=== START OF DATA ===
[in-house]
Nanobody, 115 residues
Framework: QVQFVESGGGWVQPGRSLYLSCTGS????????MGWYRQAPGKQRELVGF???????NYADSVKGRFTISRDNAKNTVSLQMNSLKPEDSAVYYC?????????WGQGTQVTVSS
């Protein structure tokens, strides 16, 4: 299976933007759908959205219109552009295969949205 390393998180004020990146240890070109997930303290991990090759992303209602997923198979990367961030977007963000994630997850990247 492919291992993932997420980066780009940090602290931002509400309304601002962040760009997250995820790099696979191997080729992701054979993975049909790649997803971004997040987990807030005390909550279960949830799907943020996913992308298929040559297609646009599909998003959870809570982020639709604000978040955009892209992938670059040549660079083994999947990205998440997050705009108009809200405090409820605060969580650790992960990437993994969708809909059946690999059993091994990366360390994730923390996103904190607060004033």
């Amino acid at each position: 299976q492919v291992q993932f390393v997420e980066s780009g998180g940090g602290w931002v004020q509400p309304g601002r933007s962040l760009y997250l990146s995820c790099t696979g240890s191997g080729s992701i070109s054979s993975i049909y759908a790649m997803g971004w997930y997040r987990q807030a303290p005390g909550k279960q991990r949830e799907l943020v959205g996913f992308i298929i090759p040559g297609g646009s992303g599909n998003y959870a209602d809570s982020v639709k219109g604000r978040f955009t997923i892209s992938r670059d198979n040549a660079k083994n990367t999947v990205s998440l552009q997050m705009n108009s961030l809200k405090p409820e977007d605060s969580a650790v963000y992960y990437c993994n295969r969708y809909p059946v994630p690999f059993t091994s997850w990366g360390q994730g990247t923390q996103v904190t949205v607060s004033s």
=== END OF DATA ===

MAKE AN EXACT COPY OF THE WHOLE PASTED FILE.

[in-house]
Nanobody, 115 residues
Framework: QVQFVESGGGWVQPGRSLYLSCTGS????????MGWYRQAPGKQRELVGF???????NYADSVKGRFTISRDNAKNTVSLQMNSLKPEDSAVYYC?????????WGQGTQVTVSS
């Protein structure tokens, strides 16, 4: 299976933007759908959205219109552009295969949205 390393998180004020990146240890070109997930303290991990090759992303209602997923198979990367961030977007963000994630997850990247 492919291992993932997420980066780009940090602290931002509400309304601002962040760009997250995820790099696979191997080729992701054979993975049909790649997803971004997040987990807030005390909550279960949830799907943020996913992308298929040559297609646009599909998003959870809570982020639709604000978040955009892209992938670059040549660079083994999947990205998440997050705009108009809200405090409820605060969580650790992960990437993994969708809909059946690999059993091994990366360390994730923390996103904190607060004033």
């Amino acid at each position: 299976q492919v291992q993932f390393v997420e980066s780009g998180g940090g602290w931002v004020q509400p309304g601002r933007s962040l760009y997250l990146s995820c790099t696979g240890s191997g080729s992701i070109s054979s993975i049909y759908a790649m997803g971004w997930y997040r987990q807030a303290p005390g909550k279960q991990r949830e799907l943020v959205g996913f992308i298929i090759p040559g297609g646009s992303g599909n998003y959870a209602d809570s982020v639709k219109g604000r978040f955009t997923i892209s992938r670059d198979n040549a660079k083994n990367t999947v990205s998440l552009q997050m705009n108009s961030l809200k405090p409820e977007d605060s969580a650790v963000y992960y990437c993994n295969r969708y809909p059946v994630p690999f059993t091994s997850w990366g360390q994730g990247t923390q996103v904190t949205v607060s004033s």